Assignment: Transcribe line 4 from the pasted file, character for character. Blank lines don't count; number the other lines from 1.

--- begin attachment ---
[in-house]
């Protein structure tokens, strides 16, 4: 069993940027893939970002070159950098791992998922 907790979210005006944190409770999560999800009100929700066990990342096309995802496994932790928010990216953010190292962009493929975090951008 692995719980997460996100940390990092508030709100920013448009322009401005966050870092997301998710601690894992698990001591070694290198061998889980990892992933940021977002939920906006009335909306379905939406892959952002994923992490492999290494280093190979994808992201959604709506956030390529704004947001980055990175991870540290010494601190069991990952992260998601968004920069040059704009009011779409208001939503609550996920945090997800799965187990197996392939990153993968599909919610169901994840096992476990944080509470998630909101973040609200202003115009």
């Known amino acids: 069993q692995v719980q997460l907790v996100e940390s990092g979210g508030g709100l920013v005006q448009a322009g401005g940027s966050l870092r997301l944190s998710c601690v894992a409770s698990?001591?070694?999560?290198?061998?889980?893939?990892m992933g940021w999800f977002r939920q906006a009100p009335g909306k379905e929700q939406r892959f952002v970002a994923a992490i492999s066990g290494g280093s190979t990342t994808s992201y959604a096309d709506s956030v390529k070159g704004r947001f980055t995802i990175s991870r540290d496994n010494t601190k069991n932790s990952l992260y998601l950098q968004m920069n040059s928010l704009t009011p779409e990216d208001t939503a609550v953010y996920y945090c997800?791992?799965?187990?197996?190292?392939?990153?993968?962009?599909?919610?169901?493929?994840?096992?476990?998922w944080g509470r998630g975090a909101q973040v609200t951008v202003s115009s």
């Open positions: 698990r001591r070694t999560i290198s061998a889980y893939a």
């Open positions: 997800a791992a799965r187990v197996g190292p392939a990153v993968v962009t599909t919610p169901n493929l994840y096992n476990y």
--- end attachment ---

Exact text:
């Open positions: 698990r001591r070694t999560i290198s061998a889980y893939a």